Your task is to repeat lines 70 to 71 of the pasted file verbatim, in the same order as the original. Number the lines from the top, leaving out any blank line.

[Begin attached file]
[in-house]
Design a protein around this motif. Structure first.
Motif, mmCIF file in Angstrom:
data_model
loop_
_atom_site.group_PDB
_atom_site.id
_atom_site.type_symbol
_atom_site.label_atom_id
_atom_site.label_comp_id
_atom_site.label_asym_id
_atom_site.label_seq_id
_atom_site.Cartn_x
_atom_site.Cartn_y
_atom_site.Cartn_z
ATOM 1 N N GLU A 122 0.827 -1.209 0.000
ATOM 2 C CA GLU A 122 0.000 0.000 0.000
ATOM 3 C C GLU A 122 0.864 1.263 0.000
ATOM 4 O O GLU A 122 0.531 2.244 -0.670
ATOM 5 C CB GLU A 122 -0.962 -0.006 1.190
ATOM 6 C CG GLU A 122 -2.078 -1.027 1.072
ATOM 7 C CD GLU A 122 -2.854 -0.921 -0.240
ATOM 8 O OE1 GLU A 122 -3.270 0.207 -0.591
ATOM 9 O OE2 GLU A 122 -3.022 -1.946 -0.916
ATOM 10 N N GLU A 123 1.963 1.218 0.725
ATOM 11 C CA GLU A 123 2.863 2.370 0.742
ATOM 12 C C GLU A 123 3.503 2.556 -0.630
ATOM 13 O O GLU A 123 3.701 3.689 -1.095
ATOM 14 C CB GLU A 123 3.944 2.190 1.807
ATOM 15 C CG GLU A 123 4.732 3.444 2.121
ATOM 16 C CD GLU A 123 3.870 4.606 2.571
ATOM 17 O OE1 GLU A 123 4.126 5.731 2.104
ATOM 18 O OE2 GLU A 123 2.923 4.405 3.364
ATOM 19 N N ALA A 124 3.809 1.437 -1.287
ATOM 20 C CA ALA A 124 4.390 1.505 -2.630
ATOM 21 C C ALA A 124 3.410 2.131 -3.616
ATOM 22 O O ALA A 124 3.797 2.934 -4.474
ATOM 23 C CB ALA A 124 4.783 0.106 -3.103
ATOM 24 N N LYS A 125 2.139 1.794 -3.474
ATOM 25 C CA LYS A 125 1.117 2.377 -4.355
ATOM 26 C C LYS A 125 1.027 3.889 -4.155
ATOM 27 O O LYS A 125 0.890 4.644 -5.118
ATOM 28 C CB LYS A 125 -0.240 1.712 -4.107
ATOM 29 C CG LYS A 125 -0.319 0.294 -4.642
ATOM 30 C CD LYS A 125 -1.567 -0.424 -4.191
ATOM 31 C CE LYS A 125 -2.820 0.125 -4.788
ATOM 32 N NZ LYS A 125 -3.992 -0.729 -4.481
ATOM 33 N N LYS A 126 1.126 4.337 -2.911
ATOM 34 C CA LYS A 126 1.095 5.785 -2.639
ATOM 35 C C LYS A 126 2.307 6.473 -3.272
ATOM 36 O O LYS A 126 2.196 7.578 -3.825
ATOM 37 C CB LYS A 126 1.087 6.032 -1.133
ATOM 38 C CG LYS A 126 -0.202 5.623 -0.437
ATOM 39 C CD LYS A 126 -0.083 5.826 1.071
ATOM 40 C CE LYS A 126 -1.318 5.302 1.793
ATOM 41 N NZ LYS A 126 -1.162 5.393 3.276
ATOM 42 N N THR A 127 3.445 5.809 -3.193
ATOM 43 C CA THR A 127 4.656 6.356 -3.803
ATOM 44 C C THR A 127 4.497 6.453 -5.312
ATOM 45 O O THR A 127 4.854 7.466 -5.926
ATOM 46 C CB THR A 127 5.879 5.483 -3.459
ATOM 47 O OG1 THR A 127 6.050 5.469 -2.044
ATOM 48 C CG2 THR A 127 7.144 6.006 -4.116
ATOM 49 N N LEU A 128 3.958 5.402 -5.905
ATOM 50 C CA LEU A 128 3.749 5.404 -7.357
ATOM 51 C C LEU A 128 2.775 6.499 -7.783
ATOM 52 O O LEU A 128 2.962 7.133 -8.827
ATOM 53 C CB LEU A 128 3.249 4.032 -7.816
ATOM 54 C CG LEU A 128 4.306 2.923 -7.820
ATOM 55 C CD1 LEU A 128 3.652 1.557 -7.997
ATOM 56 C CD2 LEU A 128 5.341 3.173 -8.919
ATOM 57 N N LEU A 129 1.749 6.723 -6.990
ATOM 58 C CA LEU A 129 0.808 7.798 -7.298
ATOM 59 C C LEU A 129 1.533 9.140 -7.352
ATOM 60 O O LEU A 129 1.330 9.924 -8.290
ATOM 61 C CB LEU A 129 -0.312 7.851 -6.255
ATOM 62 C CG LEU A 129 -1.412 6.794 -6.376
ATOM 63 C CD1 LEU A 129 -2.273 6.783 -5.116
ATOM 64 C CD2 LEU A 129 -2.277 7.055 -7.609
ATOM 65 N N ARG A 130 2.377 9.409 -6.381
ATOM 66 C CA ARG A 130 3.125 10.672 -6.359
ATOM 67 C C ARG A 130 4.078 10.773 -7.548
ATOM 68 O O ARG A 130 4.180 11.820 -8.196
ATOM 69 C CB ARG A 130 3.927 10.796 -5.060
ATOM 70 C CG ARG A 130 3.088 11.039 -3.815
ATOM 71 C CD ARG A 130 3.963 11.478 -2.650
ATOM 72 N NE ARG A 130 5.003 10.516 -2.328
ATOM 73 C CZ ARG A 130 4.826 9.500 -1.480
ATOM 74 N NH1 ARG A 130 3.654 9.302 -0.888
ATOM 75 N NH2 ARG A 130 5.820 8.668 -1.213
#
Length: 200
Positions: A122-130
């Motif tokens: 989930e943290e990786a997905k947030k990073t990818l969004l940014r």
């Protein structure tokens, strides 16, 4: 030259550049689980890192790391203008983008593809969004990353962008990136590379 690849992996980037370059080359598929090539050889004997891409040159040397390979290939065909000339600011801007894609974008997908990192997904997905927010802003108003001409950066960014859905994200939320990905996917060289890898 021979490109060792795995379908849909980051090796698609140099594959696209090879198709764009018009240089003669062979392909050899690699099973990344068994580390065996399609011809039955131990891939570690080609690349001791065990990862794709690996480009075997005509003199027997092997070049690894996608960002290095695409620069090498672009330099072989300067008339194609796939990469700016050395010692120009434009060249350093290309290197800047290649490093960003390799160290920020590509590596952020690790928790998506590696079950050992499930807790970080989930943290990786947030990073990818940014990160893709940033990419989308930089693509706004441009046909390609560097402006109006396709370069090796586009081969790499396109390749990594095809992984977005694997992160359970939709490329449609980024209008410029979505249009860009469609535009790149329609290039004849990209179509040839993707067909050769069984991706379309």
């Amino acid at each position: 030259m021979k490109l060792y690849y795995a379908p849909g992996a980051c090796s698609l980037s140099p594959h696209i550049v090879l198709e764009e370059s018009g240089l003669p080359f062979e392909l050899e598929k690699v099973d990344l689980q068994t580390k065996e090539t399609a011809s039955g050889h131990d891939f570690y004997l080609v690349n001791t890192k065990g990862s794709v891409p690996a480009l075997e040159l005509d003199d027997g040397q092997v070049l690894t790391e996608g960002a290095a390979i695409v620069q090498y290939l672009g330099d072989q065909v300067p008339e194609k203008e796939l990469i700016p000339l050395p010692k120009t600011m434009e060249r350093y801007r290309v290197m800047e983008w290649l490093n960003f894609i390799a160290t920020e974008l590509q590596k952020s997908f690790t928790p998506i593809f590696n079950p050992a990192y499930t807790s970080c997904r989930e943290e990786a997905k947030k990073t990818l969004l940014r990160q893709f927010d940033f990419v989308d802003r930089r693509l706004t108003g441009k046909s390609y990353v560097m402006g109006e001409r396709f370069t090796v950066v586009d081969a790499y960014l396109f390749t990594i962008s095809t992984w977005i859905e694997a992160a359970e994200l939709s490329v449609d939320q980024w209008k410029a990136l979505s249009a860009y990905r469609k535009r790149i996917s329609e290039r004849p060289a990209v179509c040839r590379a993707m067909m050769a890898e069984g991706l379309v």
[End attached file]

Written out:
ATOM 55 C CD1 LEU A 128 3.652 1.557 -7.997
ATOM 56 C CD2 LEU A 128 5.341 3.173 -8.919